On July 11, authorities in Kashmir sacked eleven government employees including a female teacher invoking Article 311 of the Constitution of India.
The Article deals with the dismissal, removal, or reduction in rank of a government employee. This provision is generally construed to be a safeguard in the interest of employees; however in Kashmir it has found a different use.
Clause 2 of this Article mandates that no em-ployee shall be dismissed, removed, or reduced in rank prior to a proper enquiry against the charges made against him.
This also obligates the authority in charge of the removal to give a reasonable oppor-tunity of being heard to the accused, and inform them of the grounds of their dismissal.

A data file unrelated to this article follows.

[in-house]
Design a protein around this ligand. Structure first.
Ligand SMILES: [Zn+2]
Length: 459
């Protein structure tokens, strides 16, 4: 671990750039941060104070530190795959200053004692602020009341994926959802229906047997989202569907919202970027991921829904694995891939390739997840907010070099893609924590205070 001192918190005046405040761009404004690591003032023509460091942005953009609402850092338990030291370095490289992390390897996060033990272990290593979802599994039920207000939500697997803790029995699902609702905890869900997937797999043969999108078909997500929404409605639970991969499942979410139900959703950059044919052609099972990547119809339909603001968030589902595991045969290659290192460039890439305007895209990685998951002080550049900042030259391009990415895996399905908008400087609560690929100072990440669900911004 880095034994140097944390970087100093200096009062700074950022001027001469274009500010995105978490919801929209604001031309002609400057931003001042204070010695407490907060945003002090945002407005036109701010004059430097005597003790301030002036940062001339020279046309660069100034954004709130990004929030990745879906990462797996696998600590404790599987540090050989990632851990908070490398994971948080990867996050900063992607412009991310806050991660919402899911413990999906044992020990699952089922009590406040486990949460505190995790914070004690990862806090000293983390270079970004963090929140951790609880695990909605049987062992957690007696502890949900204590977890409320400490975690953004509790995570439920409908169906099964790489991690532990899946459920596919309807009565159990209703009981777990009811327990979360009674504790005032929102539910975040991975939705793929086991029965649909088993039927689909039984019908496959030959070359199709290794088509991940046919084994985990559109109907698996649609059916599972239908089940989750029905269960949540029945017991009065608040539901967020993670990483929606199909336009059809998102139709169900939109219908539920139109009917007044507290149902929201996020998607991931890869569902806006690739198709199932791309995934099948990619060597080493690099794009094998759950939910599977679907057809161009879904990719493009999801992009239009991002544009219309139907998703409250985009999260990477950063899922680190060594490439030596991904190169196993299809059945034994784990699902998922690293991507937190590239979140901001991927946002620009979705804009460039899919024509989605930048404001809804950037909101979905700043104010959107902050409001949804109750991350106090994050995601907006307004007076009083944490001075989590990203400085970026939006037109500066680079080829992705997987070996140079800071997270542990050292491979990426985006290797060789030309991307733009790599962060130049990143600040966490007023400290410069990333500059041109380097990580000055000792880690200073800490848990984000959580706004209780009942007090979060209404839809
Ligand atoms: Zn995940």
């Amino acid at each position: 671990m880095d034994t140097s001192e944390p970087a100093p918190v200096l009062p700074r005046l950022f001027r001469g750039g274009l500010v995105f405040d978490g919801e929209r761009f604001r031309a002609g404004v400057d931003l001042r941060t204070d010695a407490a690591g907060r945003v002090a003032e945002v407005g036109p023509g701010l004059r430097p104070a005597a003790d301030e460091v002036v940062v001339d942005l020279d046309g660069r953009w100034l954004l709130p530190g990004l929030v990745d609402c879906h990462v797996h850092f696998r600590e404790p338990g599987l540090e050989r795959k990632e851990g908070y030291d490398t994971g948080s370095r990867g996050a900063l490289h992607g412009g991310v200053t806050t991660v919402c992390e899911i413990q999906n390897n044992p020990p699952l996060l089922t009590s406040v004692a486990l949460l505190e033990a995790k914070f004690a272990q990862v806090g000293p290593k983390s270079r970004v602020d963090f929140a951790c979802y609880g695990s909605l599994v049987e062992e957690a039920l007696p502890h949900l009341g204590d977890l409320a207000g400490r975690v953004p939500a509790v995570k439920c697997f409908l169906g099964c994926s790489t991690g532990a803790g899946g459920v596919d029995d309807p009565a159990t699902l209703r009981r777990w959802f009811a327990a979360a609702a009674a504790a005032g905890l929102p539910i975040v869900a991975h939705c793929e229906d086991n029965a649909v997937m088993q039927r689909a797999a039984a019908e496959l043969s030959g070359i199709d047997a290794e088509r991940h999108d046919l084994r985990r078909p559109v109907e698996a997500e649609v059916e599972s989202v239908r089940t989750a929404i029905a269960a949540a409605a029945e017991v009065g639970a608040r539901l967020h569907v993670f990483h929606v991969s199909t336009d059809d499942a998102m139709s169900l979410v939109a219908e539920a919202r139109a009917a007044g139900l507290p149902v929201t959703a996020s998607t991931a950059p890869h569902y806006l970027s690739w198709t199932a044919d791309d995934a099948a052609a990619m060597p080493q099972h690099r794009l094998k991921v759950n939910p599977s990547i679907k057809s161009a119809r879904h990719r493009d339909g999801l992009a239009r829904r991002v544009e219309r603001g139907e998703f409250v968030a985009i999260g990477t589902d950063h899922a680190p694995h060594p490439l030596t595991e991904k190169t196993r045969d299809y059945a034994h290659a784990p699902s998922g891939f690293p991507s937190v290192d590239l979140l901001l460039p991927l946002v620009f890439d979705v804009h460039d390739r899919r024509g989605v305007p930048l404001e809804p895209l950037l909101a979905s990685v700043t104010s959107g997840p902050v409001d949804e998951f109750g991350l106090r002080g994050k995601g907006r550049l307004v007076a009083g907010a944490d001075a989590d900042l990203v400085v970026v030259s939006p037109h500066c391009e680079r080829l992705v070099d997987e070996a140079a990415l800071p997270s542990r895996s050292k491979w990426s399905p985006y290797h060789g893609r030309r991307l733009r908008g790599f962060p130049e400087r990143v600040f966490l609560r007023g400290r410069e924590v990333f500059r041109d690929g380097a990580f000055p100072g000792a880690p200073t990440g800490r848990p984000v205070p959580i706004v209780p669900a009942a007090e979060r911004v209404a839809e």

However, a proviso is added to these clauses, which specifies three situations where such funda-mental procedures can be bypassed.
The third situa-tion, which is being invoked to dismiss employees in Kashmir, is enshrined in sub-clause (c) in the proviso which reads: “Where the President or the Governor, as the case may be, is satisfied that in the interest of the security of the State, it is not expedi-ent to hold such inquiry”.
Authorities in Kashmir are now invoking sub-clause (c) of the article to dismiss or sack employ-ees, giving reason of ‘in the interest of the security of the state’.
A female teacher, Razia Akhtar, was among the eleven employees who were recently sacked by the J-K’s Lieutenant Governor Manoj Sinha without publicly revealing the allegations leveled against them.
According to media reports, Akhtar, a resident of south Kashmir’s Anantnag district, was working in J-K’s Education Department as a teacher before her dismissal.